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Scotland





Our reference in a previous chapter to the singular superstitions
connected with the treatment of the insane in Scotland, renders it
unnecessary to do more than point out in this place the substratum of
popular opinion and feeling, upon which the infusion of new ideas and a
scientific system of treatment had to work. To some extent it was the
same in other countries, but judging from the records of the past, as
given or brought to light by writers like Heron, Dalyell, and Dr.
Mitchell, no country ever exceeded Scotland in the grossness of its
superstition and the unhappy consequences which flowed from it. When we
include in this the horrible treatment of the insane, from the prevalent
and for long inveterate belief in witchcraft, we cannot find language
sufficiently strong to characterize the conduct of the people, from the
highest to the lowest in the land, until this monstrous belief was
expelled by the spread of knowledge, the influence of which on conduct
and on law some do not sufficiently realize.

The lunatic and the witch of to-day might aptly exclaim--

"The good of ancient times let others state;
I think it lucky I was born so late."

As regards the property of the insane, the Scotch law, from a remote
period, appears to have been that the ward and custody of it belonged to
the prince as pater patriae. In the beginning of the fourteenth
century, the keeping and custody of persons of "furious mind," by a
statute of Robert I., devolved upon their relatives, and, failing them,
on the justiciar or sheriff of the county. The custody of "fatuous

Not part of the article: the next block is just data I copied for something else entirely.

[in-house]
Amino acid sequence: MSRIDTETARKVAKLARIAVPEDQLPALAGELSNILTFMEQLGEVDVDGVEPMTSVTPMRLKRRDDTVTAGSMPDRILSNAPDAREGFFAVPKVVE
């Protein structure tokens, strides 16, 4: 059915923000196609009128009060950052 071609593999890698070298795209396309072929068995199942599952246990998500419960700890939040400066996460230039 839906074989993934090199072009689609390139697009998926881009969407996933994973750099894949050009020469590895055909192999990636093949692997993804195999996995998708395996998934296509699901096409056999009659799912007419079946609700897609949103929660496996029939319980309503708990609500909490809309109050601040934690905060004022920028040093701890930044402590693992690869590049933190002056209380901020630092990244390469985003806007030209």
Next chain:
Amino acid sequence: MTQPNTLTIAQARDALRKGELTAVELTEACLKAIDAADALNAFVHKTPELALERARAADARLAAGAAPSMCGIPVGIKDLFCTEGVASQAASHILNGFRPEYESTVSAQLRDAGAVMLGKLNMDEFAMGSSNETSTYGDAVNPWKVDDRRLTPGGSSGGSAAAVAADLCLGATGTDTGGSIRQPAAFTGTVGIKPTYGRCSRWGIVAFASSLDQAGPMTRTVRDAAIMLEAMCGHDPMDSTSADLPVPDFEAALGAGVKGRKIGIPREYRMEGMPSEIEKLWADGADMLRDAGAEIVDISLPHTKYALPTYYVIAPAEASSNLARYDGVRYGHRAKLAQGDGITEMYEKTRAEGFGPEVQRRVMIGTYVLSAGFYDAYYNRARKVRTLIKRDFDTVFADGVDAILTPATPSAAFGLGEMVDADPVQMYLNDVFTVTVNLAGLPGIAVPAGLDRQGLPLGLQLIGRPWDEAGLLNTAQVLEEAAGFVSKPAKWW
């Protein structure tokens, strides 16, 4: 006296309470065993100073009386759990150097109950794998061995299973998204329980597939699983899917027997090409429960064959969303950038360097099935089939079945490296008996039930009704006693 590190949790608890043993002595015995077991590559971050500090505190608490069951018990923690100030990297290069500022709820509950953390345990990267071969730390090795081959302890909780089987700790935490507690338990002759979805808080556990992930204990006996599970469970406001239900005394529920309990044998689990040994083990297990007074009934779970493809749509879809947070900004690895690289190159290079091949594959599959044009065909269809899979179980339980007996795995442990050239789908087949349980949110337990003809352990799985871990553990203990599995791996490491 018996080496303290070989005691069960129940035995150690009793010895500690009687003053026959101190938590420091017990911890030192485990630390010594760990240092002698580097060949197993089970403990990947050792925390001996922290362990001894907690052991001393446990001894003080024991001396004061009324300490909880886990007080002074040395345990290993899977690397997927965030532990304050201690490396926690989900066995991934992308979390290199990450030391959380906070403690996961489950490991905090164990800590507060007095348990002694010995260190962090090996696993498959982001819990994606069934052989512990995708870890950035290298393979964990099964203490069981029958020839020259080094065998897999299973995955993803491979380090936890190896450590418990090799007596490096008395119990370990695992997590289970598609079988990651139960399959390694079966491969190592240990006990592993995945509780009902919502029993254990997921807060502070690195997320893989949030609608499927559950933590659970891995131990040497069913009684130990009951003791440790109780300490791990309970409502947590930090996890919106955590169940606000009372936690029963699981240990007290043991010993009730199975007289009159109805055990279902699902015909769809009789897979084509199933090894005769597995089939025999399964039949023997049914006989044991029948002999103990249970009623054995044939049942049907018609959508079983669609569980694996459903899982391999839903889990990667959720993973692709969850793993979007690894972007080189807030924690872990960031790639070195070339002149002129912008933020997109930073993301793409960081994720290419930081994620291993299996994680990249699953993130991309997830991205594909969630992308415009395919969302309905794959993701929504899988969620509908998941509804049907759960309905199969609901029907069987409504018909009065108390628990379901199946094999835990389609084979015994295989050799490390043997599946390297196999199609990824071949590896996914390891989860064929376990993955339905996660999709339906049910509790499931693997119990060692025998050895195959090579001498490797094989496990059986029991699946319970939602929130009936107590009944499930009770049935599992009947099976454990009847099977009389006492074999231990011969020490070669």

persons" is said to have been committed to the next agnate (nearest male
relative on the father's side), while that of the "furious" was
entrusted to the Crown, "as having the sole power of coercing with
fetters."[227]

An Act passed in 1585, c. 18, in consequence of abuses in regard to the
nominations of tutors-at-law, provided that the nearest agnate of the
lunatic should be preferred to the office of tutor-at-law. The practice
was originally to issue one brieve, applicable to both furiosity and
fatuity. The statute just mentioned continues the regula regulans, as
to the appointment of tutors-at-law for lunatics.

Passing over two centuries, I must observe that in 1792 Dr. Duncan (the
physician mentioned at p. 122 of this work), then President of the Royal
College of Physicians of Edinburgh, laid before that body a plan for
establishing a lunatic asylum in the neighbourhood of Edinburgh. That
plan, after due consideration, met with the unanimous approval of the
Colleges of Physicians and Surgeons, and a subscription was at once set
on foot to carry it into execution, nearly every Fellow of both Colleges
contributing something. But enough money was not then raised to start
the project in a practical way. Fourteen years afterwards, the attention
of the legislature was directed to the provision for the insane in
Scotland, when (in 1806) an Act (46 Geo. III., c. 156) was passed for
appropriating certain balances arising from forfeited estates in that
country to two objects, not apparently allied--the use of the British
fisheries and the erecting a lunatic asylum in Edinburgh--ichthyology
and psychology. The Act provided, among other clauses, that the Barons
of Exchequer should pay out of the unexhausted balance or surplus of the
moneys paid to them in 1784, by the Act 24 Geo. III., c. 57 (relating to
forfeited estates placed under the board or trustees), the sum of L2000
to the city of Edinburgh towards erecting a lunatic hospital. A royal
charter was obtained in 1807, and subscriptions were raised not only
from Scotland, but England, and even India, Ceylon, and the West Indies.
Madras alone subscribed L1000. The idea of the originators of the
institution was a charitable and very far-reaching one. They made
provision for three classes--paupers, intermediate, and a third in which
the patient had a servant to attend him. It may be mentioned that the
establishment of the Retreat of York and its success were constantly
referred to in appealing to the public for subs